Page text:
Science gets the deets on DEET

Insect repellent appears to repel mosquitoes by confusing them

The insect repellent DEET doesn’t actually repel insects — it confuses them. New research suggests that DEET gums up sniffing machinery, sabotaging an insect’s sense of smell.

Nerve cells that send odor-related signals to the brain respond differently to DEET if it’s sniffed alone or with other scents, experiments with fruit flies reveal. DEET’s effects also vary depending on what variety of smell-receiving machinery catches the scent, and whether it’s a whopping dose or just a whiff, a team of researchers reports online September 21 in Nature.

“The effects of DEET are not straightforward,” says neuroscientist Maurizio Pellegrino of the University of California, Berkeley, a member of the research team. “We think it confuses the odor coding — the insect doesn’t know exactly what it is smelling.”

While the highly effective compound has been protecting people for decades from loathsome mosquitoes, ticks and chiggers, it hasn’t been clear how DEET does its stuff. As any Little League parent or backyard barbecue chef knows, a mosquito that lands on a DEET-slathered arm takes off in a hurry. DEET also protects people before a bug makes contact.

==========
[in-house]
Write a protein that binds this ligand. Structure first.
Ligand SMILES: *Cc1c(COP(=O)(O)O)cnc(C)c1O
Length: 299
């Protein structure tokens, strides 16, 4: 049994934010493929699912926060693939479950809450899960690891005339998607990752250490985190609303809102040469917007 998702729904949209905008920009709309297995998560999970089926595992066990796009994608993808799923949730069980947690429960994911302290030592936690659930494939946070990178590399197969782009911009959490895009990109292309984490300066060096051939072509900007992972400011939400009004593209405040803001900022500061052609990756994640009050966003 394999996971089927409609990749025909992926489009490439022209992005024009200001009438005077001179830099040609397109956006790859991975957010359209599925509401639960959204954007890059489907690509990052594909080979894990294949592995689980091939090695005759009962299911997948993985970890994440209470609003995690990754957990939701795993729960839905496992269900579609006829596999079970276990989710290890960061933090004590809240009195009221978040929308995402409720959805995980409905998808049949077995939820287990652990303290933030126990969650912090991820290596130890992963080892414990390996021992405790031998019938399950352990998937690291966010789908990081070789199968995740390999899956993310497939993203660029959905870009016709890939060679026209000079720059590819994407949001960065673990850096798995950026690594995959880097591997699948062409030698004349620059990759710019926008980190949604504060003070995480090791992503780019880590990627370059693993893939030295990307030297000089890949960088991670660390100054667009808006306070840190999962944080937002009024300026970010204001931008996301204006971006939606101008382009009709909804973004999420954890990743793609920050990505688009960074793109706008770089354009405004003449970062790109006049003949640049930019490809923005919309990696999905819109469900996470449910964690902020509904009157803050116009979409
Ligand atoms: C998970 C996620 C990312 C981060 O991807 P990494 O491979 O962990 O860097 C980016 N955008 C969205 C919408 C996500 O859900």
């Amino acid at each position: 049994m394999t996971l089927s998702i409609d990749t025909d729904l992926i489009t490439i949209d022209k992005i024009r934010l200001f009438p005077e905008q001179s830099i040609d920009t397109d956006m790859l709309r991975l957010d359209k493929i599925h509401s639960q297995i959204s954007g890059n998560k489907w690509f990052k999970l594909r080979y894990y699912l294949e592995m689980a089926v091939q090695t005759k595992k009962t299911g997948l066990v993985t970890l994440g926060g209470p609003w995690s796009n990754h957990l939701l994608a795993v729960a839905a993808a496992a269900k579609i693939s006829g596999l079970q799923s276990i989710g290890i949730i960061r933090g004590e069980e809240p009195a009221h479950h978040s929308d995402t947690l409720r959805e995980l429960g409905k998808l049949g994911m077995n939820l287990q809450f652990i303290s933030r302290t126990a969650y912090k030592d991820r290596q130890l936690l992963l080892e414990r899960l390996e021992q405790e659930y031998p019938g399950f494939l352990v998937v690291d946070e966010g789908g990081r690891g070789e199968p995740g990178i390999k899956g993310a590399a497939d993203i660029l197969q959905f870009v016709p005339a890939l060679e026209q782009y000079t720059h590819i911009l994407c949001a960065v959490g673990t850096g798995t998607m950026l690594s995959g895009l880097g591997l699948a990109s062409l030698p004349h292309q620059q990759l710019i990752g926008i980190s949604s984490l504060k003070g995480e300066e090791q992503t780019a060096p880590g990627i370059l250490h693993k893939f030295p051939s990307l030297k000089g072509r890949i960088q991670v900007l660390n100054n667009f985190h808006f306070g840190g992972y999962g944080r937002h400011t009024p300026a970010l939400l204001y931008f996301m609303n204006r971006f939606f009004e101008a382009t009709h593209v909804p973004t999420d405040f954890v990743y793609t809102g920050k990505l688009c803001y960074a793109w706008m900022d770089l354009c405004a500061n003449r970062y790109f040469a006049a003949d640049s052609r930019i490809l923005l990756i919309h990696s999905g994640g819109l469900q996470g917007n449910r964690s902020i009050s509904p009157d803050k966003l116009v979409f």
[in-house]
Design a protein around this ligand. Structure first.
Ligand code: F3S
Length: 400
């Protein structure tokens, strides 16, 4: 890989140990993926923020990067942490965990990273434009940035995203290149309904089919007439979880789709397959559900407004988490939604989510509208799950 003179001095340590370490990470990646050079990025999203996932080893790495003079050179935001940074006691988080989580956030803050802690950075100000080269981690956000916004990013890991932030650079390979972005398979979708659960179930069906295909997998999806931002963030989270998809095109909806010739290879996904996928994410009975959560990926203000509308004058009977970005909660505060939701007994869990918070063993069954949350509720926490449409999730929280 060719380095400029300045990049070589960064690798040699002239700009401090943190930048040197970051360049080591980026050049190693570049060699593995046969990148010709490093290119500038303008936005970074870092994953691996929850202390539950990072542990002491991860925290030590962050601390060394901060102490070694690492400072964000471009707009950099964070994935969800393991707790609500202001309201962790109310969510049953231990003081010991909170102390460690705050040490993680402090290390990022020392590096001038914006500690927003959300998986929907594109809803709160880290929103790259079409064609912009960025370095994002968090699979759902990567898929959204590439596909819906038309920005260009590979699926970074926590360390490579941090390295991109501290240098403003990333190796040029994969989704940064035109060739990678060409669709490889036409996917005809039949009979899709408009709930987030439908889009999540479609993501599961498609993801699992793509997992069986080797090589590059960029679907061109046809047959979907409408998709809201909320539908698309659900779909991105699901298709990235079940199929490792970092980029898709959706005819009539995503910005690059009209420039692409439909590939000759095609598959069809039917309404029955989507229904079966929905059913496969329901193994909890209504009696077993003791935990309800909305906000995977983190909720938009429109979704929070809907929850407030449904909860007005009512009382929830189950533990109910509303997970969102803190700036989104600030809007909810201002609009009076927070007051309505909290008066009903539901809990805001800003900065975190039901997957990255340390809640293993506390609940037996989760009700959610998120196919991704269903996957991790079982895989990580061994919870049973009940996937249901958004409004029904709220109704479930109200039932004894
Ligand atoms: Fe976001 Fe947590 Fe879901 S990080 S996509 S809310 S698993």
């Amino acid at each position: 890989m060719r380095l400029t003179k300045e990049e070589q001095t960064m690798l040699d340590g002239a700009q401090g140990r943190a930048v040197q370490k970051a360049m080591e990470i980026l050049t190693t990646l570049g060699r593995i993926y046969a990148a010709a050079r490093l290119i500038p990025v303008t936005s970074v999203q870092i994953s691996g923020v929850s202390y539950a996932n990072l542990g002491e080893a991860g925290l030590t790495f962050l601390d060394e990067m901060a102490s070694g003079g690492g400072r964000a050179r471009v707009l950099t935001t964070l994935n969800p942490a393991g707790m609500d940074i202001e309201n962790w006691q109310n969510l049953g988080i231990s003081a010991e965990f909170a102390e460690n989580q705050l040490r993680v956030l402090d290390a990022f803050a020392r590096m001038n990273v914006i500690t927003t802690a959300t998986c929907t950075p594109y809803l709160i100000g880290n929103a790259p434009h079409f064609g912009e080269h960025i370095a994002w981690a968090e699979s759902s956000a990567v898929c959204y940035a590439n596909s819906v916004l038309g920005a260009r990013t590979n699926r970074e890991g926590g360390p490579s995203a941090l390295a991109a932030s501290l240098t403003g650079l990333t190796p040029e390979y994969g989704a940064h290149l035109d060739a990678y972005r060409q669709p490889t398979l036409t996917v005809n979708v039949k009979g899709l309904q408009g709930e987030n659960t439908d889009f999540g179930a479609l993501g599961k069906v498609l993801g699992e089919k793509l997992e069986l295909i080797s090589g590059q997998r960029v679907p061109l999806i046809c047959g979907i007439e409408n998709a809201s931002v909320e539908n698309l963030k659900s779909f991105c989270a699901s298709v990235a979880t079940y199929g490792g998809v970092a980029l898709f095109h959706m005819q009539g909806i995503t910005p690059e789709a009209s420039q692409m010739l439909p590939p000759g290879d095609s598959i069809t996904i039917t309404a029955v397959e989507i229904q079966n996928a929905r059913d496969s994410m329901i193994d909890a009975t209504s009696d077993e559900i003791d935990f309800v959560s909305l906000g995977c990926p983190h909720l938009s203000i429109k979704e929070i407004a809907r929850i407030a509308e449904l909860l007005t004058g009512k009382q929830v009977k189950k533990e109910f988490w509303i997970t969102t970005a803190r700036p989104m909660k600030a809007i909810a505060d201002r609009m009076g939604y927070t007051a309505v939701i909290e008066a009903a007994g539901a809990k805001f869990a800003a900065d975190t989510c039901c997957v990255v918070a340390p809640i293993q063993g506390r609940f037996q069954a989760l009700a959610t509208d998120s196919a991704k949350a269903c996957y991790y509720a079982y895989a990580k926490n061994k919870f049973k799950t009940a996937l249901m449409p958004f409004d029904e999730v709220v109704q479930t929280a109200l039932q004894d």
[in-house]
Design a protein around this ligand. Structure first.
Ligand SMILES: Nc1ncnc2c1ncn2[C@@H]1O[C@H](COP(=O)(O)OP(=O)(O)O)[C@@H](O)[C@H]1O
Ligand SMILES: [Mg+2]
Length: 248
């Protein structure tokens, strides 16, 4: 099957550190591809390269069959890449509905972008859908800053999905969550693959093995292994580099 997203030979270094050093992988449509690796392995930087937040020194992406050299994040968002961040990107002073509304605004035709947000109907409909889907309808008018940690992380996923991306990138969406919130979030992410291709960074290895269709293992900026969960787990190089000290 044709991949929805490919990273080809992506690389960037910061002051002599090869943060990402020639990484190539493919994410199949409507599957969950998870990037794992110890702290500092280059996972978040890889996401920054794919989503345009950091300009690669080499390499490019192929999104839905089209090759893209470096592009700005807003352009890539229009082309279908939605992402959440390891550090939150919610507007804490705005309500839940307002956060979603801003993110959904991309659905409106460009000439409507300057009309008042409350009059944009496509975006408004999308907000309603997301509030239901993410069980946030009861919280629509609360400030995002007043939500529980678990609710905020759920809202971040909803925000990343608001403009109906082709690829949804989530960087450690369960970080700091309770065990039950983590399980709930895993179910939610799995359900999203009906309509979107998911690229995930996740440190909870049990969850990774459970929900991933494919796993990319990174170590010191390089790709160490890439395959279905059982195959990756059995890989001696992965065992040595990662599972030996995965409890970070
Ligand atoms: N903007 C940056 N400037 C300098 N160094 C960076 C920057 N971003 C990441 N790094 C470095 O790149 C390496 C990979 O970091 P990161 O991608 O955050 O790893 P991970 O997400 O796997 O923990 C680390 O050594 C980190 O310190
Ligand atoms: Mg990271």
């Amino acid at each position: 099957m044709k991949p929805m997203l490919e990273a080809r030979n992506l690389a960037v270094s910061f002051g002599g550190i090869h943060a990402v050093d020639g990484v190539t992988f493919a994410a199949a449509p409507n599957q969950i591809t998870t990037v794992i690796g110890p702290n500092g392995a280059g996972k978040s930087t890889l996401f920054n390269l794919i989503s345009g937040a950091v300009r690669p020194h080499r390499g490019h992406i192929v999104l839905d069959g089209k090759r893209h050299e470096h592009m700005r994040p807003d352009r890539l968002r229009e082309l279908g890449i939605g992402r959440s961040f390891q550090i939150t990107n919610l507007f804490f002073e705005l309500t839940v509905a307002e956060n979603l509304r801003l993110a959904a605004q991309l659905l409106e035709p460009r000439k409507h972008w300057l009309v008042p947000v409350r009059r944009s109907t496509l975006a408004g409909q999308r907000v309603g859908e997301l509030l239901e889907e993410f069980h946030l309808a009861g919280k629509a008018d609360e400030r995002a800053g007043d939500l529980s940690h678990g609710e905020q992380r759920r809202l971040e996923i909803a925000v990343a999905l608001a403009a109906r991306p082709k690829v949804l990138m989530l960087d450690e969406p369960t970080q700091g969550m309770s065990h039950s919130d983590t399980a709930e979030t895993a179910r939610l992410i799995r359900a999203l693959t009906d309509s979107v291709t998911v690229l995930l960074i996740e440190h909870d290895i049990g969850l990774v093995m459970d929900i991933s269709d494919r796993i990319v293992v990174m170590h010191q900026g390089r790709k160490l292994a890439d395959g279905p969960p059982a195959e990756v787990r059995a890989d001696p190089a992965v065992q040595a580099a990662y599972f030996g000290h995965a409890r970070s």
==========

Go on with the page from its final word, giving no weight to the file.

Some evidence had suggested that the compound, technically N,N-diethyl-meta-toluamide, hits a specific cellular baseball mitt, an odor receiver that catches repellent scents, triggering a “get-the-heck-out-of-here” signal.

“The idea was, when an insect detected such an odorant, it would fly away; it didn’t want any part of it,” says Joseph Dickens of the U.S. Department of Agriculture’s Invasive Insect Biocontrol and Behavior Laboratory in Beltsville, Md.

But the new work suggests that DEET isn’t repulsive or frightening to bugs. It’s baffling, blinding them to the delicious scent of human.

“It’s as if you are hungry and you love hamburgers,” says Pellegrino, who did the work while at Rockefeller University in New York City. “If DEET is present, it doesn’t smell like hamburger anymore, even if a hamburger is right in front of you.”

Fruits flies have more than 60 cellular mitts for catching scents. When the mixtures of molecules that make up odors drift by, the mitts snatch particular molecules, nerves fire, and an odor message is sent to the fly’s brain. When the researchers exposed flies to DEET alone and combined with other scents, the nerves didn’t fire in a consistent pattern. Changing up the concentration of DEET altered the nerve firing as well, Pellegrino and colleagues report.

The results suggest that DEET corrupts the odor signal, perhaps by contorting parts of the sniffing machinery in such a way that wafting molecules other than DEET are misinterpreted.

Surveying the sniffing machinery of fruit flies from around the world revealed further evidence that DEET might render the flies’ odor receivers incapable of catching other scents. One fruit fly strain, Boa EsperanÒa from Brazil, was insensitive to DEET, responding to scents as if DEET weren’t there. Comparison of the proteins that make up the Brazilian strain’s sniffing machinery revealed structural differences that may prevent DEET from being caught.

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